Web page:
On the night of November 9-10, 1938, synagogues were burned in Germany and people of the Jewish faith were abused and humiliated. As a young boy, Kurt Rippich observed the violence scenes in Berlin.
He looks pale, smaller than usual, his voice is muffled, he pauses for a moment. He has to think about it: 80 years have passed since he first walked Linienstraße and then Kleine Rosenthaler Straße in Berlin on November 10, 1938, on his way to school on Gipsstraße. When he was only six years old, he tells us today – a whole life later – that he did not yet know the meaning of what he saw there.
The man is my grandfather. Raised in the Scheunenviertel, which has been the center of Jewish life in Berlin since the 18th century. In the 1930s he lived with his parents and three younger siblings in Linienstraße. Most neighbors: poor Eastern Jews. On 9 and 10 November, during the so-called Reichspogromnacht, Jews were systematically attacked.
My grandfather says:
“I remember the names of the Abraham, Landau and Löw families. My parents often spoke to them. The mother went shopping as much as possible in the immediate vicinity of her home. Soup bones, but also meat for Sundays and holidays, for example at butcher W.F. Fischer, a Jewish shop. We were able to have a letter written there for the family of six, the shopkeeper was also a property manager. The relationship with the Jewish neighbors was always very good “my grandfather says. “We first lived at number 19, the caretaker was Jewish and very nice. But the Wilhelmine building, like other houses in the area, should make way for contemporary buildings in the National Socialist style. We then moved to number 67. That wasn’t my parents’ only reason it was absolutely clear that the life of the Jews in the Scheunenviertel would become increasingly unbearable. “
The wall at the old garrison cemetery in Berlin’s Scheunenviertel: where today is a popular scenic area, Jewish children and adults suffered 80 years ago. (Montage) (Source: Chillreport)
My grandfather rarely talked about National Socialism. Whenever I considered this period as part of my political study, he shook his head — otherwise eloquent and in a strong voice — resignedly. Now he is sitting in front of me, it is cloudy outside. ‘Like then’, says grandpa. He decided to comply with my request and tell me what he remembers about the night of the Reichspogrom. That event once again radicalized extreme discrimination against German Jews. The Nazis’ racial madness ended in the Holocaust, called the Shoah by the Jews. A genocide that killed more than six million Jewish people.
The mood was threatening
“I knew the Jews were not in a good position. But I didn’t understand that at the time. There were several Jewish schools in our area, a gymnasium, a girls’ school. I still remember. From our apartment we could see the wall of the old garrison cemetery. There the children always ran close to the wall “continues grandpa. “Very insecure and scared, as if they were seeking protection. It was only about a hundred meters along the wall, but you could see from the faces and attitudes of the Jewish children that the road seemed long forever. Very curved and small, as if they wanted to be invisible. One felt the fear of mob and humiliation. Older boys scoffed at “Jude, Itzig, cod liver oil.” That was a nasty insult. I’ve always felt sorry for that. I also had many Jewish friends. The mood was threatening, I noticed – even when I was little. “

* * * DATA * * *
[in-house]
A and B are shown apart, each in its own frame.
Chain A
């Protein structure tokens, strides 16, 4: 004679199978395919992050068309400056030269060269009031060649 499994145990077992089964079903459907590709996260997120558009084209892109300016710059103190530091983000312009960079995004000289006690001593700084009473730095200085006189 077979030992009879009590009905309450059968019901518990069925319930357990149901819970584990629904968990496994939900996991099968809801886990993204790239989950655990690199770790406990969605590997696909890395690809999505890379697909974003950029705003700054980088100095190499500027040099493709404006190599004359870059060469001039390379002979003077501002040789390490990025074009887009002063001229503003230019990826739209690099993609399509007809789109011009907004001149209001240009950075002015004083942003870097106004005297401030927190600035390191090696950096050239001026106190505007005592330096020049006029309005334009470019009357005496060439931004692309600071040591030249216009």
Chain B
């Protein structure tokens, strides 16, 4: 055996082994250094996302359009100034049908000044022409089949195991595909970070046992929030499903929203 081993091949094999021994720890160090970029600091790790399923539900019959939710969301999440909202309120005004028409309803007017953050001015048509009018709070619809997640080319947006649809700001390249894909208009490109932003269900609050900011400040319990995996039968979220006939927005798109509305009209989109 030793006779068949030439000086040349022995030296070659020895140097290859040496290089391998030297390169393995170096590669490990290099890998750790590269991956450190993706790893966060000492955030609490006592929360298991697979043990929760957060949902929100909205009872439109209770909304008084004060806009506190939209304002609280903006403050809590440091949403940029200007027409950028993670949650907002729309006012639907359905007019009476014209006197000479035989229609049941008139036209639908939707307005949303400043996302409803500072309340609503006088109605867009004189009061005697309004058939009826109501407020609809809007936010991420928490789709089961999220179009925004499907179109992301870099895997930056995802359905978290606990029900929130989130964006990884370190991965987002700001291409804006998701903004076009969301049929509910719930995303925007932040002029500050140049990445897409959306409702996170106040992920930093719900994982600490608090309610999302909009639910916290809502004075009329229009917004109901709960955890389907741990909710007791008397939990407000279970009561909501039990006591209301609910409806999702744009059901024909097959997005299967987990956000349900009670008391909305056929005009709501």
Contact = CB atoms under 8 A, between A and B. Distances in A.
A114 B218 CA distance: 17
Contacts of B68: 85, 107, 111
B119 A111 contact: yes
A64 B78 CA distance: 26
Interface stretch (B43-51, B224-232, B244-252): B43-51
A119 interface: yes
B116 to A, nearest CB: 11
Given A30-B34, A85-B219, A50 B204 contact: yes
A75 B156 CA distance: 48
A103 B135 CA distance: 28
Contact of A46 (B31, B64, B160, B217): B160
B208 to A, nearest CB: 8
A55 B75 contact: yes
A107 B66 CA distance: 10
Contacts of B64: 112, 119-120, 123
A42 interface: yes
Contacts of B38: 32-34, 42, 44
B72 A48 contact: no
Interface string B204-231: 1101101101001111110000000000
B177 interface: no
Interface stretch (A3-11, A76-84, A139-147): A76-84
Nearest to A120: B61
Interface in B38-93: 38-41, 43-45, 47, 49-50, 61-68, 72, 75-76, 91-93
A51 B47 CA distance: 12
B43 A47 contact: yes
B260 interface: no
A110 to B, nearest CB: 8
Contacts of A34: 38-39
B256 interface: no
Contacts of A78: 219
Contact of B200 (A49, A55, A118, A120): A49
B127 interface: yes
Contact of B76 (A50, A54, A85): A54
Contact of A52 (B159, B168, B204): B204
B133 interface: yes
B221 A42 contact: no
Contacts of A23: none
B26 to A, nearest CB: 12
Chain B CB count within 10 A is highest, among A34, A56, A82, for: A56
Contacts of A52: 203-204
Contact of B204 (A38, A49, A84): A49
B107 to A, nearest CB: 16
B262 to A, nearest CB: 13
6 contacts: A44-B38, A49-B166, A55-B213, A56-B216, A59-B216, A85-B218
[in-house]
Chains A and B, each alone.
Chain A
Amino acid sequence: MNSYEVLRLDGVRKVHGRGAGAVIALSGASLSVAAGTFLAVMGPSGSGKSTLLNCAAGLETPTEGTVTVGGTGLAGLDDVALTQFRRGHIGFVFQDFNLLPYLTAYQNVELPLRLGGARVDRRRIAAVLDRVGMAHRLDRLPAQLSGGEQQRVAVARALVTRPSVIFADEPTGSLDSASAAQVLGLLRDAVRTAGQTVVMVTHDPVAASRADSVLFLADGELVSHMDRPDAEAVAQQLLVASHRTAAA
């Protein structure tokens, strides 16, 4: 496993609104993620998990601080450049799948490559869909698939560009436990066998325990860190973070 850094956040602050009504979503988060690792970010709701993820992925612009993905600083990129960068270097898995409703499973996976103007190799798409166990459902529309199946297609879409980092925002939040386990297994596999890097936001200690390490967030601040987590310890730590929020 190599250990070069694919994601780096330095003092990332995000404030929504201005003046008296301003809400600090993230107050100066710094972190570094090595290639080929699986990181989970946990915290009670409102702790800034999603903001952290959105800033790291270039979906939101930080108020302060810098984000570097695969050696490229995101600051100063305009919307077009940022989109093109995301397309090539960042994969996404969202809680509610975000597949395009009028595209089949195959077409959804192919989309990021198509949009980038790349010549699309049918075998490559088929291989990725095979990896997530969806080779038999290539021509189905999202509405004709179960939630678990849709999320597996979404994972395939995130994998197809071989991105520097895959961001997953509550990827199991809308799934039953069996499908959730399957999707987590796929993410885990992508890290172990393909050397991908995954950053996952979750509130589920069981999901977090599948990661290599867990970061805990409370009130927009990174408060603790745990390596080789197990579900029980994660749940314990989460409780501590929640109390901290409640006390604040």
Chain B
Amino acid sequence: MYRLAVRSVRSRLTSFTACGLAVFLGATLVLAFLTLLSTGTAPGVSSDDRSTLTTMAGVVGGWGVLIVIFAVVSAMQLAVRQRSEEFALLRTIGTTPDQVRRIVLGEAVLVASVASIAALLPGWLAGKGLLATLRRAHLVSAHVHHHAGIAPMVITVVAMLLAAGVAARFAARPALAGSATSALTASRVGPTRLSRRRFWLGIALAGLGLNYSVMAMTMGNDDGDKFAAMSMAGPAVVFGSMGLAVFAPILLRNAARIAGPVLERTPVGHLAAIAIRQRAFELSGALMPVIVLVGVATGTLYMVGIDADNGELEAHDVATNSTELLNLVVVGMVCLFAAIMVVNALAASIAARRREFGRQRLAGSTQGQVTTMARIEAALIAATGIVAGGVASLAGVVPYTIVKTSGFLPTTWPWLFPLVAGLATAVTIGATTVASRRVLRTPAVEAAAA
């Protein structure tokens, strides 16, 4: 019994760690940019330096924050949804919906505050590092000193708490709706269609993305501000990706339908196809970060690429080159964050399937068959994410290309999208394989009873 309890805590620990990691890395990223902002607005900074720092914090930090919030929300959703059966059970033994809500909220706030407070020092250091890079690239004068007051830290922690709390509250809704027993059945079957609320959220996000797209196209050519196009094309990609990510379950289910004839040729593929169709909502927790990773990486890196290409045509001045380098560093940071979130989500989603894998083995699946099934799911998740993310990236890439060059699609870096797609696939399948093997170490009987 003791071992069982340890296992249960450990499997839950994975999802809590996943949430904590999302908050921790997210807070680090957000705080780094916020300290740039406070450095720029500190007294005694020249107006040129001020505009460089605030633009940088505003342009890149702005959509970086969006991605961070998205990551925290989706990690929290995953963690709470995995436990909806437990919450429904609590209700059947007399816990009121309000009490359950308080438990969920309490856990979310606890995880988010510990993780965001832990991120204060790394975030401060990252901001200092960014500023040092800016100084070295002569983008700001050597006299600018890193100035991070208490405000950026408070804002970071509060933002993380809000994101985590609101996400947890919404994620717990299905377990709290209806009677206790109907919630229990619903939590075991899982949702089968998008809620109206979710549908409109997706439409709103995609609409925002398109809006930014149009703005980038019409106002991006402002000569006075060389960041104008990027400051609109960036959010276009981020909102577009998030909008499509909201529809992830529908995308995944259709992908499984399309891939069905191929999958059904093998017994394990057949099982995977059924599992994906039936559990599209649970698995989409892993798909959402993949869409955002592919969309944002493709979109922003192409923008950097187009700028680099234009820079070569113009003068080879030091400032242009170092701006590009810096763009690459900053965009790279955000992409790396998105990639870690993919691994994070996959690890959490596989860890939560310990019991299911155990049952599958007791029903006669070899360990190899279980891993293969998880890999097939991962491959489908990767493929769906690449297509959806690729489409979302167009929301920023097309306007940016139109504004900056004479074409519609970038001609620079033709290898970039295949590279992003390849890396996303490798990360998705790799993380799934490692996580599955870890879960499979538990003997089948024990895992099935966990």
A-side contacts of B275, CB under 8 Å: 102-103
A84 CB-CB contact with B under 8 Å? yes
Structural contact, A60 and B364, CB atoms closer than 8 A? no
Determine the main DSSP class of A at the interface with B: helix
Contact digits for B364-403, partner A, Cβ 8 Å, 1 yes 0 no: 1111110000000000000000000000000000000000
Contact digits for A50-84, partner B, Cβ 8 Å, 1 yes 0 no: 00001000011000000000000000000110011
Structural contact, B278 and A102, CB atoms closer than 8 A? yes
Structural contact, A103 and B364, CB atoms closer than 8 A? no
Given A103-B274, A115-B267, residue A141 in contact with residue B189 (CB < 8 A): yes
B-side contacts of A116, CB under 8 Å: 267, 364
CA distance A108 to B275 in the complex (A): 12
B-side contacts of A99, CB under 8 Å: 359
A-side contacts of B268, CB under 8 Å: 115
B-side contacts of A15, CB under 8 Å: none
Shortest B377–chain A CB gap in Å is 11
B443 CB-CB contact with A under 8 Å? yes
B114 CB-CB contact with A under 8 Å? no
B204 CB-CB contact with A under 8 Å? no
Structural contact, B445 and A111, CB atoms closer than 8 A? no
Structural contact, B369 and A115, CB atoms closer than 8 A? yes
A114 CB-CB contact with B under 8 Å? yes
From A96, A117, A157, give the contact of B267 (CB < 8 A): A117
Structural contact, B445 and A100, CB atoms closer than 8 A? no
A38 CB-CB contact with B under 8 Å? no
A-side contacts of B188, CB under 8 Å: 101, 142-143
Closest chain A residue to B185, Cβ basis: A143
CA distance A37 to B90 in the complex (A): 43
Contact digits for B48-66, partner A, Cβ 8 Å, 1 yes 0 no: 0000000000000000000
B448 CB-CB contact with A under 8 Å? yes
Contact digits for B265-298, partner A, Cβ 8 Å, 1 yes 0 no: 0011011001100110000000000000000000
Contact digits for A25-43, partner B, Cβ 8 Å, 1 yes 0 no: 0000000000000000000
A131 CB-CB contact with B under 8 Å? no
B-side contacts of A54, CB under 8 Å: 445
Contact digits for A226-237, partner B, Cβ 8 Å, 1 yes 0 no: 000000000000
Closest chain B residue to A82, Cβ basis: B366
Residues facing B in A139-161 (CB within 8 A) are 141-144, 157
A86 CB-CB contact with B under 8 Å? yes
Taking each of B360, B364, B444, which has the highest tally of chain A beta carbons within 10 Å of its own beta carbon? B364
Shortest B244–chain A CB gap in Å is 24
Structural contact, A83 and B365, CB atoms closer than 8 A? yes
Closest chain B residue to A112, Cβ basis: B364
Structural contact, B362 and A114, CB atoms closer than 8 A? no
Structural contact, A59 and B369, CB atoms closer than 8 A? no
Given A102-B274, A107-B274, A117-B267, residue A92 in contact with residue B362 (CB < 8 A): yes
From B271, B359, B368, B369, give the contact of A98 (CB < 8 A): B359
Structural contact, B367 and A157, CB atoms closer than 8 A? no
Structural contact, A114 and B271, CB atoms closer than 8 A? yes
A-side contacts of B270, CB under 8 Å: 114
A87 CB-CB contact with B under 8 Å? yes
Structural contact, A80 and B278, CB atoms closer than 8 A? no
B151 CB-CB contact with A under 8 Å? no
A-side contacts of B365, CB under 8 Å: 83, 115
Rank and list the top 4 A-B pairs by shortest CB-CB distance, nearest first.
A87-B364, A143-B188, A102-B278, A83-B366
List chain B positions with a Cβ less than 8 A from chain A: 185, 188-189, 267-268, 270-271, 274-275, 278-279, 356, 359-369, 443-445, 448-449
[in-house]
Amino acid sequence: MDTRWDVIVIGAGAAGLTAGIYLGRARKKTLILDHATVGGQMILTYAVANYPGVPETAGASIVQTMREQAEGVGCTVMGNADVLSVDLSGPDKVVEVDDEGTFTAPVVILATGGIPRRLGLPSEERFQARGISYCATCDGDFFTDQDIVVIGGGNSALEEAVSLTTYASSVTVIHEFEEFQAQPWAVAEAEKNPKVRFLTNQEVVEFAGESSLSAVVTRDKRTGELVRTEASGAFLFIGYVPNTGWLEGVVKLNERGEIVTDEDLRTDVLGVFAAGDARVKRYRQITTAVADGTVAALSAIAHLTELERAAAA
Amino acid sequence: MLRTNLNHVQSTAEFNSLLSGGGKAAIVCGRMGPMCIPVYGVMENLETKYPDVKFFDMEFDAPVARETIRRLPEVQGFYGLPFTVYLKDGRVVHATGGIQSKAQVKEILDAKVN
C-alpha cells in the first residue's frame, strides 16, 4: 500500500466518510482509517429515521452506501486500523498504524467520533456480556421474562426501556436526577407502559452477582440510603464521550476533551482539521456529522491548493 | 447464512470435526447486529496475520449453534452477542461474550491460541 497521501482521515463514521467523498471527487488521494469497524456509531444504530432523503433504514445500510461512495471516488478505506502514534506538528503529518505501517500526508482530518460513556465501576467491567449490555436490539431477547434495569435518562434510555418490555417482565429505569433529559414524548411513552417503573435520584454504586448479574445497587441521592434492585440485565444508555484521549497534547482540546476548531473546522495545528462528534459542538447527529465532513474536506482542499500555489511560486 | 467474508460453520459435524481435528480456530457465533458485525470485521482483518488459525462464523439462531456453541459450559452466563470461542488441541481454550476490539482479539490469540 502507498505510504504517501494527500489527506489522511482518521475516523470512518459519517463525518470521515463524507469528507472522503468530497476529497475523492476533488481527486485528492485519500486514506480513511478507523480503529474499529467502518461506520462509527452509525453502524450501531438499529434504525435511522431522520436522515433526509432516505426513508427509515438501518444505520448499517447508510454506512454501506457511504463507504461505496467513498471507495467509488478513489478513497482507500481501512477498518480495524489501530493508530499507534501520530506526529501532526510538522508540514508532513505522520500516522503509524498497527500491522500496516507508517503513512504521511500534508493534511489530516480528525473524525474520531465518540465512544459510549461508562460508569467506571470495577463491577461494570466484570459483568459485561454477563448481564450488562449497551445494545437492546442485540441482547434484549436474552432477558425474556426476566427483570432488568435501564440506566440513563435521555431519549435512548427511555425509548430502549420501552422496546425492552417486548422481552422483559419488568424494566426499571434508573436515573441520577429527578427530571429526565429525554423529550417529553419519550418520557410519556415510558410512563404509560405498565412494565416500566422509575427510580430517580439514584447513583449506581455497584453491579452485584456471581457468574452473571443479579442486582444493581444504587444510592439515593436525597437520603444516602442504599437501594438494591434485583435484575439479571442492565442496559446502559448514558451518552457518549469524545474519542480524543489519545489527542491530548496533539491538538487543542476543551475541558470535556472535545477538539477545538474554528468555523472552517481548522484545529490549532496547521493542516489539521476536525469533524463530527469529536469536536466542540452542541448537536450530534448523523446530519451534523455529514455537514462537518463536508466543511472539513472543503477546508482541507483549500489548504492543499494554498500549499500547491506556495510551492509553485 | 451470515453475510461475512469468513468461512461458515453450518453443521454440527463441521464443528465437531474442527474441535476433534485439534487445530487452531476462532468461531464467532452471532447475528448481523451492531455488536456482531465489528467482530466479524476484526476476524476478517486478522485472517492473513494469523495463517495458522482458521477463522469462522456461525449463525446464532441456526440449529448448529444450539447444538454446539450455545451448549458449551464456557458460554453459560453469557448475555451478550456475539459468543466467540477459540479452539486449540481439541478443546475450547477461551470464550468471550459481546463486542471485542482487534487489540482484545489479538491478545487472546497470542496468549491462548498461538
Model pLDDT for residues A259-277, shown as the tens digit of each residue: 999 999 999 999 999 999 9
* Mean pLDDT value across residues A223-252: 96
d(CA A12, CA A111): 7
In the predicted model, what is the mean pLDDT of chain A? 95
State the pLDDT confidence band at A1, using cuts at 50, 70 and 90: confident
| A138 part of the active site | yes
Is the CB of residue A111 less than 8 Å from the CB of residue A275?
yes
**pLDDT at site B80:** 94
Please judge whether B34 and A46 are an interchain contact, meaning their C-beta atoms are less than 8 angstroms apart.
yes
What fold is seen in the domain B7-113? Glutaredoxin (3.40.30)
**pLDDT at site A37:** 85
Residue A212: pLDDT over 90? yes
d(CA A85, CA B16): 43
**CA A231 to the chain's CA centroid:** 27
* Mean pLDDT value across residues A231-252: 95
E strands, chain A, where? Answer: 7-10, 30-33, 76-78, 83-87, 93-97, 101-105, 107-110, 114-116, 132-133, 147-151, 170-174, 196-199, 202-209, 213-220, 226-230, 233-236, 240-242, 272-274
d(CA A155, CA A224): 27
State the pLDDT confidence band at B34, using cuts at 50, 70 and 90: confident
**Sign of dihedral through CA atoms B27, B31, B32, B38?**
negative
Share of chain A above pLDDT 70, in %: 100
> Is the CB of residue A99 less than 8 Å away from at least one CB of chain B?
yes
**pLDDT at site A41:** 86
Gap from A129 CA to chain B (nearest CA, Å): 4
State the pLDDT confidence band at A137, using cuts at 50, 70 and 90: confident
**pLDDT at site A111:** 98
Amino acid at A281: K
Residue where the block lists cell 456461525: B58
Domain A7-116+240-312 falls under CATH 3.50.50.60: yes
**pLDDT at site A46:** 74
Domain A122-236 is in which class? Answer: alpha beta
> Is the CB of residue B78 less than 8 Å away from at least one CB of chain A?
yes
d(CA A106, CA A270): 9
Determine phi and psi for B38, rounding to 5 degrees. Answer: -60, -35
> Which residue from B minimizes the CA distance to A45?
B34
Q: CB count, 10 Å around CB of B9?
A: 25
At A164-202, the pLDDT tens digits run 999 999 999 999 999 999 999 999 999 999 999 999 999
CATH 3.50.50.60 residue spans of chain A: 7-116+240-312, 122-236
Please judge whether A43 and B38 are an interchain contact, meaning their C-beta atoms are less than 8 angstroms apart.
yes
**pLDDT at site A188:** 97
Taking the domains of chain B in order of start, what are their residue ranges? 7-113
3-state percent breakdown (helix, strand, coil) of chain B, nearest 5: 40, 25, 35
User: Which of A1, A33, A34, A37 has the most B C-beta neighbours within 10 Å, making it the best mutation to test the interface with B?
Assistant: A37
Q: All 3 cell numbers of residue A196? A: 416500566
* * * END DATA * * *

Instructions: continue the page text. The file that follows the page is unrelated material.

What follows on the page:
Even before the November pogroms, which raged across Germany, Jews were expropriated and expelled. On November 7, 1938, the Polish Jew Herschel Grynszpan shot an employee of the German embassy in Paris. The NSDAP member died of his injuries on November 9. In Germany, attacks on Jewish shops and cultural institutions followed, as well as on apartments and cemeteries. According to the National Socialists, the people’s anger would have been blown out against the Jews at that time. In fact, it was a systematically controlled act of violence.
Glasses full of candy were smashed in the street
“I had only started school in April. On the morning of November 10, I was on my way to school every day. As usual with a school bag and slate, pen, book, writing and math books on my back. A damp sponge and a cloth Always dangled. The morning was cloudy, I remember that. As I drove into Gipsstrasse, I saw an excited crowd. Then I saw the windows of a Jewish shop smashed and glass jars of colorful candies smashed in the street. Some people stood around and watched. Others joined in. After the glasses, boxes of chocolate and other candy flew into the streets. Some people were angry, others more euphoric. Some were especially affected and scared. The shopkeeper. I couldn’t make out in the crowd. “
Kurt Rippich when he went to school in the spring of 1938 (source: private)